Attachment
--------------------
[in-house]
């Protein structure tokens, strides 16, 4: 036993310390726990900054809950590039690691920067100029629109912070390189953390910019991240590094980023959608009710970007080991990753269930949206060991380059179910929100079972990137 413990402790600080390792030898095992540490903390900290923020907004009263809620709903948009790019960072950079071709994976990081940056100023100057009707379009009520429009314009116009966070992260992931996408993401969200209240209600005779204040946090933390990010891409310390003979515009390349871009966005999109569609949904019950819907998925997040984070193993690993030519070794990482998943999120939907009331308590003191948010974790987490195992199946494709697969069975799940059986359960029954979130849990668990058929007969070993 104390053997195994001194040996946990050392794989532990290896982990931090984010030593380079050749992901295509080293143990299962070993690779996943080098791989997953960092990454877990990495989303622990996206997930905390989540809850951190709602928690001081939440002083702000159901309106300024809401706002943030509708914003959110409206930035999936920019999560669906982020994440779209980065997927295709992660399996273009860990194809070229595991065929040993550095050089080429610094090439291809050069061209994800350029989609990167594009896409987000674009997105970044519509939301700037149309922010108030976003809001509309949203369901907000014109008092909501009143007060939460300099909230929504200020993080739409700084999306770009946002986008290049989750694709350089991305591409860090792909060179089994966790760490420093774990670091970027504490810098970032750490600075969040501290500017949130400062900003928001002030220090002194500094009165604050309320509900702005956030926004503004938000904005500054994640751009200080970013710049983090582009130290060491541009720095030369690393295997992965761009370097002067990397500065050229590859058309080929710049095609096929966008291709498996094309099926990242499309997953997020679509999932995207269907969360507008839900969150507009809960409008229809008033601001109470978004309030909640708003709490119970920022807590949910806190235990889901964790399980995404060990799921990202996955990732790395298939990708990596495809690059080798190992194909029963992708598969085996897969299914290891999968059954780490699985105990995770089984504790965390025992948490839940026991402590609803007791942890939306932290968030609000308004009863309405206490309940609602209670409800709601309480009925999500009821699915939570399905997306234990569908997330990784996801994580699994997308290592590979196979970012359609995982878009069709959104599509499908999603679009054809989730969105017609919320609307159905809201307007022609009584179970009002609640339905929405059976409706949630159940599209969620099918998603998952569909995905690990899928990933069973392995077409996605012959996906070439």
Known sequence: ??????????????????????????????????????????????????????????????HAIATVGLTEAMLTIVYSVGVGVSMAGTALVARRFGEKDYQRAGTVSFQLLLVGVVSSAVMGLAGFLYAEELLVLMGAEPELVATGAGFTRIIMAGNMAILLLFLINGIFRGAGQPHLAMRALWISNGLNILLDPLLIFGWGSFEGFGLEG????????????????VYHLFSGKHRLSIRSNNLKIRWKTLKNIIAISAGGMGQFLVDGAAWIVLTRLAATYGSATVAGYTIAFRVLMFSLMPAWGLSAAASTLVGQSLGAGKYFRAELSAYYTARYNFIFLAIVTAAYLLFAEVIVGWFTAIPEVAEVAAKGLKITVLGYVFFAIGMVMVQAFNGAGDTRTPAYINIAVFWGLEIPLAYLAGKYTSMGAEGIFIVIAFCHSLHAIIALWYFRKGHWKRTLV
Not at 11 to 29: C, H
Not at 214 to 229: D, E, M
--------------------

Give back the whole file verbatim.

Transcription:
[in-house]
């Protein structure tokens, strides 16, 4: 036993310390726990900054809950590039690691920067100029629109912070390189953390910019991240590094980023959608009710970007080991990753269930949206060991380059179910929100079972990137 413990402790600080390792030898095992540490903390900290923020907004009263809620709903948009790019960072950079071709994976990081940056100023100057009707379009009520429009314009116009966070992260992931996408993401969200209240209600005779204040946090933390990010891409310390003979515009390349871009966005999109569609949904019950819907998925997040984070193993690993030519070794990482998943999120939907009331308590003191948010974790987490195992199946494709697969069975799940059986359960029954979130849990668990058929007969070993 104390053997195994001194040996946990050392794989532990290896982990931090984010030593380079050749992901295509080293143990299962070993690779996943080098791989997953960092990454877990990495989303622990996206997930905390989540809850951190709602928690001081939440002083702000159901309106300024809401706002943030509708914003959110409206930035999936920019999560669906982020994440779209980065997927295709992660399996273009860990194809070229595991065929040993550095050089080429610094090439291809050069061209994800350029989609990167594009896409987000674009997105970044519509939301700037149309922010108030976003809001509309949203369901907000014109008092909501009143007060939460300099909230929504200020993080739409700084999306770009946002986008290049989750694709350089991305591409860090792909060179089994966790760490420093774990670091970027504490810098970032750490600075969040501290500017949130400062900003928001002030220090002194500094009165604050309320509900702005956030926004503004938000904005500054994640751009200080970013710049983090582009130290060491541009720095030369690393295997992965761009370097002067990397500065050229590859058309080929710049095609096929966008291709498996094309099926990242499309997953997020679509999932995207269907969360507008839900969150507009809960409008229809008033601001109470978004309030909640708003709490119970920022807590949910806190235990889901964790399980995404060990799921990202996955990732790395298939990708990596495809690059080798190992194909029963992708598969085996897969299914290891999968059954780490699985105990995770089984504790965390025992948490839940026991402590609803007791942890939306932290968030609000308004009863309405206490309940609602209670409800709601309480009925999500009821699915939570399905997306234990569908997330990784996801994580699994997308290592590979196979970012359609995982878009069709959104599509499908999603679009054809989730969105017609919320609307159905809201307007022609009584179970009002609640339905929405059976409706949630159940599209969620099918998603998952569909995905690990899928990933069973392995077409996605012959996906070439």
Known sequence: ??????????????????????????????????????????????????????????????HAIATVGLTEAMLTIVYSVGVGVSMAGTALVARRFGEKDYQRAGTVSFQLLLVGVVSSAVMGLAGFLYAEELLVLMGAEPELVATGAGFTRIIMAGNMAILLLFLINGIFRGAGQPHLAMRALWISNGLNILLDPLLIFGWGSFEGFGLEG????????????????VYHLFSGKHRLSIRSNNLKIRWKTLKNIIAISAGGMGQFLVDGAAWIVLTRLAATYGSATVAGYTIAFRVLMFSLMPAWGLSAAASTLVGQSLGAGKYFRAELSAYYTARYNFIFLAIVTAAYLLFAEVIVGWFTAIPEVAEVAAKGLKITVLGYVFFAIGMVMVQAFNGAGDTRTPAYINIAVFWGLEIPLAYLAGKYTSMGAEGIFIVIAFCHSLHAIIALWYFRKGHWKRTLV
Not at 11 to 29: C, H
Not at 214 to 229: D, E, M